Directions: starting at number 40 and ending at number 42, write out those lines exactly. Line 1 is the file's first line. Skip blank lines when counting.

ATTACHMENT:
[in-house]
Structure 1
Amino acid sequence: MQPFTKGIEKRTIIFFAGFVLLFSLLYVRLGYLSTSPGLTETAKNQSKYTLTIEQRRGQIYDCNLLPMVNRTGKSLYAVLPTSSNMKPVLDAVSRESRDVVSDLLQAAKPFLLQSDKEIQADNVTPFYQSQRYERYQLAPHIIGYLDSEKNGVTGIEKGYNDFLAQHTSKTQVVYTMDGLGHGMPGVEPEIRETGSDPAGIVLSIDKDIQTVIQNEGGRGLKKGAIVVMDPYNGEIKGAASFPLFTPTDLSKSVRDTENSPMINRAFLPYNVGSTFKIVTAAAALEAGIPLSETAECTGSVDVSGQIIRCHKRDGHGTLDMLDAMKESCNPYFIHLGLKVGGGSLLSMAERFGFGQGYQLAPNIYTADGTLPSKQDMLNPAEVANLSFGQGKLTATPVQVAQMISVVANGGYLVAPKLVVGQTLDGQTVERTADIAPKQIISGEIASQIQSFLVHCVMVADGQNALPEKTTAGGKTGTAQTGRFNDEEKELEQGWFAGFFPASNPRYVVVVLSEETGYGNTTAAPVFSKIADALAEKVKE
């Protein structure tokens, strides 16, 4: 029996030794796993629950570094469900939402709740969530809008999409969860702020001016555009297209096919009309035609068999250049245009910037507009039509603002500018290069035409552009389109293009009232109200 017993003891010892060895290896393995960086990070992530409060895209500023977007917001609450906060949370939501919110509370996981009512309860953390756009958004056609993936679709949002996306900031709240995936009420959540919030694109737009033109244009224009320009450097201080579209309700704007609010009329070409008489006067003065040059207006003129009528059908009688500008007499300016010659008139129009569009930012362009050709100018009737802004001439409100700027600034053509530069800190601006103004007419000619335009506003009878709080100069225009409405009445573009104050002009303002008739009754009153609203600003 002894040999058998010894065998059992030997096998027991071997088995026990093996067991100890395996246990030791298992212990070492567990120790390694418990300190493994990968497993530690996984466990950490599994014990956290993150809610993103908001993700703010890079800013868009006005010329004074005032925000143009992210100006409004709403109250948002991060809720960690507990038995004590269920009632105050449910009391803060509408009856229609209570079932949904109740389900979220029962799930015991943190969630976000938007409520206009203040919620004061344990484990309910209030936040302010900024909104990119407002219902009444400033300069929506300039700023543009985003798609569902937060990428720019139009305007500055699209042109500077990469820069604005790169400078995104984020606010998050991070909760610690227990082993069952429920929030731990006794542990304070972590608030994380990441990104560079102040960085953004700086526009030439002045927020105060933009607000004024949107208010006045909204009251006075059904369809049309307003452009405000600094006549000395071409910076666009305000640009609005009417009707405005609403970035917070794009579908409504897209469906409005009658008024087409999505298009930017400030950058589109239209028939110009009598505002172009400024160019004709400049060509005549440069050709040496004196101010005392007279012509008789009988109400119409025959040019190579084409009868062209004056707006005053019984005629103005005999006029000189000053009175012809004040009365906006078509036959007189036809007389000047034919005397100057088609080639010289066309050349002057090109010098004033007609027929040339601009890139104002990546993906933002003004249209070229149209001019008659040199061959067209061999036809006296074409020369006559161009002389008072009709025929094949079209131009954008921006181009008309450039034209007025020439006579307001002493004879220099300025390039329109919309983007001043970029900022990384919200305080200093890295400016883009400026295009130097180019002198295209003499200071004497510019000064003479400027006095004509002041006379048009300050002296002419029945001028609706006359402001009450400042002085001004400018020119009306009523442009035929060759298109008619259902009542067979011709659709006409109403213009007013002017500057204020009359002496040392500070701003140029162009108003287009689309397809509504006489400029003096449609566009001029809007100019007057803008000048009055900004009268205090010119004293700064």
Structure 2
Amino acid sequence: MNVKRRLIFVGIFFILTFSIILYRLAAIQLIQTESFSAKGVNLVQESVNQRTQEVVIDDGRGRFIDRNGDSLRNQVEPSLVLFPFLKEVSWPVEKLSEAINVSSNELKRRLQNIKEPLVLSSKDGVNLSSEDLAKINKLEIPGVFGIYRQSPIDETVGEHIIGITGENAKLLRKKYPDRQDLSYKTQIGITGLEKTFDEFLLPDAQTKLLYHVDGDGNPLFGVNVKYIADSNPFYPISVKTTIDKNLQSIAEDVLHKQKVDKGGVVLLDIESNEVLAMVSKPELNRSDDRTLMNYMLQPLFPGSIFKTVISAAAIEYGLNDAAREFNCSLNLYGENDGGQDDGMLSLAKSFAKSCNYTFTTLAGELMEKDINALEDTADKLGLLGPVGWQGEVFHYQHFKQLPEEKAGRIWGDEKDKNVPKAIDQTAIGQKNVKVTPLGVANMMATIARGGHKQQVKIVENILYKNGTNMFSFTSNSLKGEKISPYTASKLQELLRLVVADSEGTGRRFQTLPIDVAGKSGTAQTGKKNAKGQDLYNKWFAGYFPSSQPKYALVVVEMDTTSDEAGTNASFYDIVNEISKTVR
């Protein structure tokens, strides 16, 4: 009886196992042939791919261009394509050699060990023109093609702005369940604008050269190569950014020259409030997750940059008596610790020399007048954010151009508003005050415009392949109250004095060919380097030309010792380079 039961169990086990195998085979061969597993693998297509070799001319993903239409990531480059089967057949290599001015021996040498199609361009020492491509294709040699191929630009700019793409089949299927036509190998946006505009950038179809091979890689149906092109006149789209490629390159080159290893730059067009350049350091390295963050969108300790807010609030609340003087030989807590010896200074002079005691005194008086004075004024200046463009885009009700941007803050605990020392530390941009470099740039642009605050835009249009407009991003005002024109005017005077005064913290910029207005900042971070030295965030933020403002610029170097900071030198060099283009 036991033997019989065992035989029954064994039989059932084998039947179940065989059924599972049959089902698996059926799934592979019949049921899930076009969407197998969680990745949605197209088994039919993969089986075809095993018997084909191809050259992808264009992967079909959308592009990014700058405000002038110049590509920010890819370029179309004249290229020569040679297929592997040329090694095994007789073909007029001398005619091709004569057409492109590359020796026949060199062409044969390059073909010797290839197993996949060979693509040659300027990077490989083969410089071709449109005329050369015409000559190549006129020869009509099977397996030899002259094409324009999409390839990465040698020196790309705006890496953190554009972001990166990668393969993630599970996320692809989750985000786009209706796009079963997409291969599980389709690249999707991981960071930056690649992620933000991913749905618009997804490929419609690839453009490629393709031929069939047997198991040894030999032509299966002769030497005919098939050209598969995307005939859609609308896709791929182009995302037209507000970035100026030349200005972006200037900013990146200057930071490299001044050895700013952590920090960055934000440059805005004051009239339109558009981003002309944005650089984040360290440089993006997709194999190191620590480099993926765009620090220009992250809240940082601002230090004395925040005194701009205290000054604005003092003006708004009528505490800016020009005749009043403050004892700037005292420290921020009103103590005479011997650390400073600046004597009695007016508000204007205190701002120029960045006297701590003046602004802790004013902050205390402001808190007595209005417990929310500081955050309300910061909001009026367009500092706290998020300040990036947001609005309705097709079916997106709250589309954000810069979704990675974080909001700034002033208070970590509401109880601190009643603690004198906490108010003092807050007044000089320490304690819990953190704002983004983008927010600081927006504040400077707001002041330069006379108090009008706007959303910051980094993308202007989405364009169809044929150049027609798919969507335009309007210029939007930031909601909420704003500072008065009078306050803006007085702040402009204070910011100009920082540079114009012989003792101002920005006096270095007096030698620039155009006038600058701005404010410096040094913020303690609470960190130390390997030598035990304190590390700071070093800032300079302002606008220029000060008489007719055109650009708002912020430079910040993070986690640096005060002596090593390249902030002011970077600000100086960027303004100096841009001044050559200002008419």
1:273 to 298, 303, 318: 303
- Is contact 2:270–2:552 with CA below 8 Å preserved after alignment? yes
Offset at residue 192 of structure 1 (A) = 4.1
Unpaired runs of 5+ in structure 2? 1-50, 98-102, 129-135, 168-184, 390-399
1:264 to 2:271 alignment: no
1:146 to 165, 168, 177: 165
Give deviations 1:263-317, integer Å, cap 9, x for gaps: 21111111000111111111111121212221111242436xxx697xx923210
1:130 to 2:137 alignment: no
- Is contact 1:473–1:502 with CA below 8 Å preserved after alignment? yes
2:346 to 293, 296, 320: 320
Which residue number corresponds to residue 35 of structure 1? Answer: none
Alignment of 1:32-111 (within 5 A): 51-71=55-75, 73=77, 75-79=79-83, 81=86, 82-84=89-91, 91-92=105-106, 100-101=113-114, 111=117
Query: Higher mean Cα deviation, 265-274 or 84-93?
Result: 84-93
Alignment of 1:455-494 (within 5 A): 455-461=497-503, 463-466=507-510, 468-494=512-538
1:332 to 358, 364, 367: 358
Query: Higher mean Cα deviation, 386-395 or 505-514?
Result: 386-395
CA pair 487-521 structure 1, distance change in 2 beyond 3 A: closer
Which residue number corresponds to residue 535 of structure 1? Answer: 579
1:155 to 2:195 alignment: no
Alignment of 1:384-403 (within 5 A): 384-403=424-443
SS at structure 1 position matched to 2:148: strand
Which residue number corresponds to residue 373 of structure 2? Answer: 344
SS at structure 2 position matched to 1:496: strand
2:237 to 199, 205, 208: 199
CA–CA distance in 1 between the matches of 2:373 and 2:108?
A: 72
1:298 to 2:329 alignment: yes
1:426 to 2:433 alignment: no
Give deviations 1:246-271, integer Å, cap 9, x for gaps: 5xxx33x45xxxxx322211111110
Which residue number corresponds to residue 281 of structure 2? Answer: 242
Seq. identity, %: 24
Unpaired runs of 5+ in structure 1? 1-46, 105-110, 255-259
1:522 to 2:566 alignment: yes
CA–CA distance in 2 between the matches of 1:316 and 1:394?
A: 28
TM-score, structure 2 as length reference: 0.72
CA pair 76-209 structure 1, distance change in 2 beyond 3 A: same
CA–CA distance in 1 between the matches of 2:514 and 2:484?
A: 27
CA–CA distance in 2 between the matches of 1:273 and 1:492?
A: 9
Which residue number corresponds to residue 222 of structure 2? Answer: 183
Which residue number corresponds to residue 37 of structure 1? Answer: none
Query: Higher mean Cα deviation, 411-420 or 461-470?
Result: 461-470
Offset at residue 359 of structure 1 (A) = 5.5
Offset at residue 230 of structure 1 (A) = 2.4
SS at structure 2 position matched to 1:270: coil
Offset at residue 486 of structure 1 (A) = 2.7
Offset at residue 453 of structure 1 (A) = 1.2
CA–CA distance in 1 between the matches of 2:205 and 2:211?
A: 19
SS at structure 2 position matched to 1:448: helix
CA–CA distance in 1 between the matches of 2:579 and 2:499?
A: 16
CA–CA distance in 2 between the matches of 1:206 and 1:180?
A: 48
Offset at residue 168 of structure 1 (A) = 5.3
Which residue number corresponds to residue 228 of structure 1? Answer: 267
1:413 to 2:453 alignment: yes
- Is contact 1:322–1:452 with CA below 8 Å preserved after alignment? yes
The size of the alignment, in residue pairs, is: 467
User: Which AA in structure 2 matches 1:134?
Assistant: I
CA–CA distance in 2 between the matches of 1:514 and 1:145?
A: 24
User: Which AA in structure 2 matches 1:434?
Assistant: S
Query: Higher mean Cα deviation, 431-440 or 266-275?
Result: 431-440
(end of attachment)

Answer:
Seq. identity, %: 24
Unpaired runs of 5+ in structure 1? 1-46, 105-110, 255-259
1:522 to 2:566 alignment: yes